If a spatial grid is given with time levels like this: enter image description here

to solve the following model problem

enter image description here

Now consider the following discretization schemes:

Scheme 1

enter image description here

Scheme 2

enter image description here

Usually, to determine order of accuracy, i.e., $O(\Delta x^2, \Delta t)$ etc, I know that I must expand the discretized quantities in Taylor's series about the point $(c, 1)$ or $(c, 0)$ etc.

Q1) But in this case If I am simply asked about the order of accuracy of the schemes 1 and 2, how do I proceed ? In Scheme 1, at least I have a hint that I must expand around $(c,1)$. But what point should I expand around for Scheme 2?

Q2) Are both schemes "Crank-Nicolson" for B?

Q3) In scheme 2, the approximation for C has 4 terms --is that also "Crank-Nicolson" ?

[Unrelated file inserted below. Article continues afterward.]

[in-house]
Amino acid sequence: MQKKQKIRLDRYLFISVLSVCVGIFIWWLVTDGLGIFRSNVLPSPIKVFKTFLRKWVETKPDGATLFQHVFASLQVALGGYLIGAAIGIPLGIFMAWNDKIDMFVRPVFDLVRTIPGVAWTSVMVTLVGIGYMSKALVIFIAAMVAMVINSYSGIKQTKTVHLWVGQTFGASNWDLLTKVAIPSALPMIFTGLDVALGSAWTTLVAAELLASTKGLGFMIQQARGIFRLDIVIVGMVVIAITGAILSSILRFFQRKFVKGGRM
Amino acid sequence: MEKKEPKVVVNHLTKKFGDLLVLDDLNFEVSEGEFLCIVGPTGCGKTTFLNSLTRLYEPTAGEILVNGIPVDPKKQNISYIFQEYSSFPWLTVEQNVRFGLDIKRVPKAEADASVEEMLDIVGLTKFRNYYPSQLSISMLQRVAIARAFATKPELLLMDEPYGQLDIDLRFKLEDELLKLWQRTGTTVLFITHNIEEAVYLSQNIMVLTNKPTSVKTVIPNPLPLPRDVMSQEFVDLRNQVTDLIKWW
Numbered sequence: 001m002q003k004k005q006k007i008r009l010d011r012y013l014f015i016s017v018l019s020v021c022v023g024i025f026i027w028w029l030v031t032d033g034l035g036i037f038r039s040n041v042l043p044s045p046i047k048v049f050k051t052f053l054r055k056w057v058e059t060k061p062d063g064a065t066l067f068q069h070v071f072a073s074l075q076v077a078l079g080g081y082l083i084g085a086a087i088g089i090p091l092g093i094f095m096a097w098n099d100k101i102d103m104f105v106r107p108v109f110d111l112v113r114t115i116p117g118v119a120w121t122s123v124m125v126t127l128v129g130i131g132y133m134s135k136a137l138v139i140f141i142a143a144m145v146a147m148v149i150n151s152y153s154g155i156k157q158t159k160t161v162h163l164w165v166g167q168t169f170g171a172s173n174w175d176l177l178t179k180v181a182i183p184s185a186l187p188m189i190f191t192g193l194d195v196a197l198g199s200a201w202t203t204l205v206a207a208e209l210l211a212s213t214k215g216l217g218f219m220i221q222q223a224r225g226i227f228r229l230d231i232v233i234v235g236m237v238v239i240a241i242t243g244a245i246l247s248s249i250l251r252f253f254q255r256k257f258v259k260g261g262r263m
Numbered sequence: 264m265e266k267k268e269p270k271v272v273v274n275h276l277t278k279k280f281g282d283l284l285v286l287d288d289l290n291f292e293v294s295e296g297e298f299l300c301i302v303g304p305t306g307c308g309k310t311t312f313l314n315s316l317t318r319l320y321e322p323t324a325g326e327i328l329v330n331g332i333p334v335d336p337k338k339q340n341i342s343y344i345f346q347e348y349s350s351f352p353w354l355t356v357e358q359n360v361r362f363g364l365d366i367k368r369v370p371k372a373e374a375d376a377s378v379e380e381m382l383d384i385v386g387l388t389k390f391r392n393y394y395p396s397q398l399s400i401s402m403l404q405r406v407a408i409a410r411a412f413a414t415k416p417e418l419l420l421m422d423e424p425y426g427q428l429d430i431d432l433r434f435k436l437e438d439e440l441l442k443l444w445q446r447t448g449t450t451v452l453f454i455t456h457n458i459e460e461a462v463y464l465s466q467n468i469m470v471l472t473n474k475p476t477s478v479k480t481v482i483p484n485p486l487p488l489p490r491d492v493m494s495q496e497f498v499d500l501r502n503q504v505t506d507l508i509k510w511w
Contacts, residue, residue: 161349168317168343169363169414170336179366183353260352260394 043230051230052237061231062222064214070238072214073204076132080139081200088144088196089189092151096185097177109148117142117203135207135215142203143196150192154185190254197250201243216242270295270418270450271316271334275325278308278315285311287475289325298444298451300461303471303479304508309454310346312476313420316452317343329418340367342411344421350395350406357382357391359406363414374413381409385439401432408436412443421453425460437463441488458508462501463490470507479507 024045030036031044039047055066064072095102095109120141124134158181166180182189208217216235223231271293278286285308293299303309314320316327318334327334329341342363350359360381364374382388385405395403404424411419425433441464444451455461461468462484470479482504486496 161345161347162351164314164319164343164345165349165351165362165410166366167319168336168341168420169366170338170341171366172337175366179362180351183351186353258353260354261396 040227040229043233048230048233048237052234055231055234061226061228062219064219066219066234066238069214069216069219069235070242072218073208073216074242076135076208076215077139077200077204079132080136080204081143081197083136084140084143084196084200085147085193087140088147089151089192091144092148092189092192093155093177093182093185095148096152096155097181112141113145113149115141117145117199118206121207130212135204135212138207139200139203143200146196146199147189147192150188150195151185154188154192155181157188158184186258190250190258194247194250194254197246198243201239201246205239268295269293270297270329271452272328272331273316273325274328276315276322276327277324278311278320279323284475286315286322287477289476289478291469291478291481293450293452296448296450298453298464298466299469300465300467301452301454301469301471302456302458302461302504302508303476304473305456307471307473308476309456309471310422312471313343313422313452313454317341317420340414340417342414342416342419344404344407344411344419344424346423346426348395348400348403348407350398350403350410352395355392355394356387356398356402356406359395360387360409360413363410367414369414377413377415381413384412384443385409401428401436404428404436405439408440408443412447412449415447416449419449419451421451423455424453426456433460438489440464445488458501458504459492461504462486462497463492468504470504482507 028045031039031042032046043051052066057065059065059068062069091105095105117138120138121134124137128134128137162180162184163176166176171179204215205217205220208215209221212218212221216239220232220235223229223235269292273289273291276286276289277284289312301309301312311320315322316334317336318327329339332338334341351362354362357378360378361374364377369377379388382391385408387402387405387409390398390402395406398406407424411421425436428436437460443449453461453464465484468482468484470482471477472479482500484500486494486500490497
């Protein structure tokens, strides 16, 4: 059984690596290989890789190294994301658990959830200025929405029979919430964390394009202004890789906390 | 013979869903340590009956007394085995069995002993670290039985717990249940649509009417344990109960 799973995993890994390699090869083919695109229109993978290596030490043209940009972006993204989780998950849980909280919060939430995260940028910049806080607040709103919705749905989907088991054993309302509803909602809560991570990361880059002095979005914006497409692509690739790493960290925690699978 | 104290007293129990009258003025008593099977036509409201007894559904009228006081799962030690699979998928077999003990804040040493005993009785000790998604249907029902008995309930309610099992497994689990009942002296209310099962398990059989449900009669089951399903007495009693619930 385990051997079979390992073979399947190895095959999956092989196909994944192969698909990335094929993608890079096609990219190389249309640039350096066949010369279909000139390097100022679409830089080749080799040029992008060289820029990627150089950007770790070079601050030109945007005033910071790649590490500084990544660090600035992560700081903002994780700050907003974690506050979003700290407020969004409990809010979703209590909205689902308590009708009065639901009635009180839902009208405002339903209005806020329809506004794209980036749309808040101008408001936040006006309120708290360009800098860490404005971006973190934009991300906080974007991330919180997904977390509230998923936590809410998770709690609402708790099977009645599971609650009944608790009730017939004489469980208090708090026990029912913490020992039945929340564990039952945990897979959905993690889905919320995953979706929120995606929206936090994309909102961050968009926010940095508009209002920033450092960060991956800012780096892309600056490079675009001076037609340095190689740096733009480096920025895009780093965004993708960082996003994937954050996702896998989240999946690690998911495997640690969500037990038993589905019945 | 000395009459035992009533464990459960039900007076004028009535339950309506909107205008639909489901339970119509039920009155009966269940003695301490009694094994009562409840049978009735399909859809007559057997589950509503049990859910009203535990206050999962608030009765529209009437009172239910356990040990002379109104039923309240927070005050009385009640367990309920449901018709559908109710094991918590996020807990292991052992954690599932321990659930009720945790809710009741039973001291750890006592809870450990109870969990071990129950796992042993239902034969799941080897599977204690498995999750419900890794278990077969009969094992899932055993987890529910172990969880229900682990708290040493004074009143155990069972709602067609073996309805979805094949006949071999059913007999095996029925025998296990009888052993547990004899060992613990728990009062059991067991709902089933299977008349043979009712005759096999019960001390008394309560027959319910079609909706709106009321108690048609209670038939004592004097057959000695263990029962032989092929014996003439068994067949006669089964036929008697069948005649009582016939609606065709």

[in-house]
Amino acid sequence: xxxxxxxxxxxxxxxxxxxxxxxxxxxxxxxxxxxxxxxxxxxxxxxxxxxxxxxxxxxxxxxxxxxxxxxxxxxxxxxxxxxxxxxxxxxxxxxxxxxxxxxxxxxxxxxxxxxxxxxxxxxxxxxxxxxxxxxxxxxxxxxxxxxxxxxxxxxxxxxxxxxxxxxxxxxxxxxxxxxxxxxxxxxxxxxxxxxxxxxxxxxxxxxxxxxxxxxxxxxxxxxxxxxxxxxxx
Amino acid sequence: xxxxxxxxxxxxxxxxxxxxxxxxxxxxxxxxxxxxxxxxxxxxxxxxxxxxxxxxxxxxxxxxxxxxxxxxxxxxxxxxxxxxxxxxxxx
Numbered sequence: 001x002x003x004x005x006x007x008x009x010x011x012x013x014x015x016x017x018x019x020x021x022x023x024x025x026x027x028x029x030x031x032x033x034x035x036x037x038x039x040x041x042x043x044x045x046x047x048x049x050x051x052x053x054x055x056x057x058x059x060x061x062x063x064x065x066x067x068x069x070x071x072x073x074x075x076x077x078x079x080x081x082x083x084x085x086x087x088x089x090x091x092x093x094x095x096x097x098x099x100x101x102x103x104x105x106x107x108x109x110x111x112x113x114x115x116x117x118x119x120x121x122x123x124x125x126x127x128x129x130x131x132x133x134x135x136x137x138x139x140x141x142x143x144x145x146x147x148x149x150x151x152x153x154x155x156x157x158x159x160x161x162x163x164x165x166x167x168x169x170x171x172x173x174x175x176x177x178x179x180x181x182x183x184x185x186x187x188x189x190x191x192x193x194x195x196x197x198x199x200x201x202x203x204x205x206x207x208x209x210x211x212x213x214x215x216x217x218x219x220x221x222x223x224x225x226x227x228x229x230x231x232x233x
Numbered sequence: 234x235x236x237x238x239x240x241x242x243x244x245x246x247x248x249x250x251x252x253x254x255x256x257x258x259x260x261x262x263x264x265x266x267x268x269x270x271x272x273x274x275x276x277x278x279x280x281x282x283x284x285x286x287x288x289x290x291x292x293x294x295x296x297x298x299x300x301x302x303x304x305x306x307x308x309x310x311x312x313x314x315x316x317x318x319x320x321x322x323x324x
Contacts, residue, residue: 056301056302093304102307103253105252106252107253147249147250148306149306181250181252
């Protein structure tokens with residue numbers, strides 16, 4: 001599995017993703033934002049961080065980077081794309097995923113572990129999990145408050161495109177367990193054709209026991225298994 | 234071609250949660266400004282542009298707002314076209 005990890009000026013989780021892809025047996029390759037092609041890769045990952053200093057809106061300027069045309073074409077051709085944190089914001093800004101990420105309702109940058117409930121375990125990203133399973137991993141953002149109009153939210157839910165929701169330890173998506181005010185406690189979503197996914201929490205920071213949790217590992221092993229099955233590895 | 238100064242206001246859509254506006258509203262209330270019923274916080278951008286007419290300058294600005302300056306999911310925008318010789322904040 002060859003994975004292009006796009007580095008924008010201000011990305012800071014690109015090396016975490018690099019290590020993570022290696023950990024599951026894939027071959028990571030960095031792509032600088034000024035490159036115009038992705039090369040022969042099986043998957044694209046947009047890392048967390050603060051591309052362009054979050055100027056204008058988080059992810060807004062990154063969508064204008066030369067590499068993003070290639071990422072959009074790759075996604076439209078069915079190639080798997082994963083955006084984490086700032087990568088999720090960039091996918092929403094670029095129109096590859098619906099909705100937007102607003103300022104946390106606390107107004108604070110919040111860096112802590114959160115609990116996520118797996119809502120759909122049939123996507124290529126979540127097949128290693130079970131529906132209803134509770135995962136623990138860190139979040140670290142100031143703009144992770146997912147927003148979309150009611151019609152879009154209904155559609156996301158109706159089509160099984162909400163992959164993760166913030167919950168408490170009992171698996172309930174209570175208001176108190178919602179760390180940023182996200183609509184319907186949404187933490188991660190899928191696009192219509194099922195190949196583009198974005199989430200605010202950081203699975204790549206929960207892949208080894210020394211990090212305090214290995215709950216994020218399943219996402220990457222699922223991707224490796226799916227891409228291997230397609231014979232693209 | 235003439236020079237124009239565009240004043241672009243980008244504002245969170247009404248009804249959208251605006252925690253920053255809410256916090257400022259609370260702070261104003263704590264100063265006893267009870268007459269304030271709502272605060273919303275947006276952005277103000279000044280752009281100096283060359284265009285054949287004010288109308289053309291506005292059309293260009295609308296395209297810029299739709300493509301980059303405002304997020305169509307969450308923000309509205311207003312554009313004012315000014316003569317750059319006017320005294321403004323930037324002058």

• $\begingroup$ unless you or someone else has proven these methods are a given order of accuracy you can't really tell. You could "cheat" by just implementing and testing the methods. $\endgroup$ Commented Jun 8 at 14:55
  • $\begingroup$ I think you might be referring to order of convergence, but I am talking about simple analysis using Taylor's series. $\endgroup$
    – me10240
    Commented Jun 8 at 17:57
  • $\begingroup$ If you can apply your finite-difference operator (as a "black box") to a known analytic function and analyze the results, that should be enough to infer the approximation order. For example, you apply your first-derivative operator D1 to function sin(x) and see how the difference between the result and the exact answer cos(x) scale with the grid spacing. $\endgroup$ Commented Jun 8 at 18:07
  • $\begingroup$ @me10240 Are you talking about local truncation error or global error? Talking about the second one is much harder as it toghtly relates to the convergence of the scheme (unless one can identify the schemes above as known methdos) $\endgroup$
    – Rigel
    Commented Jun 9 at 6:42


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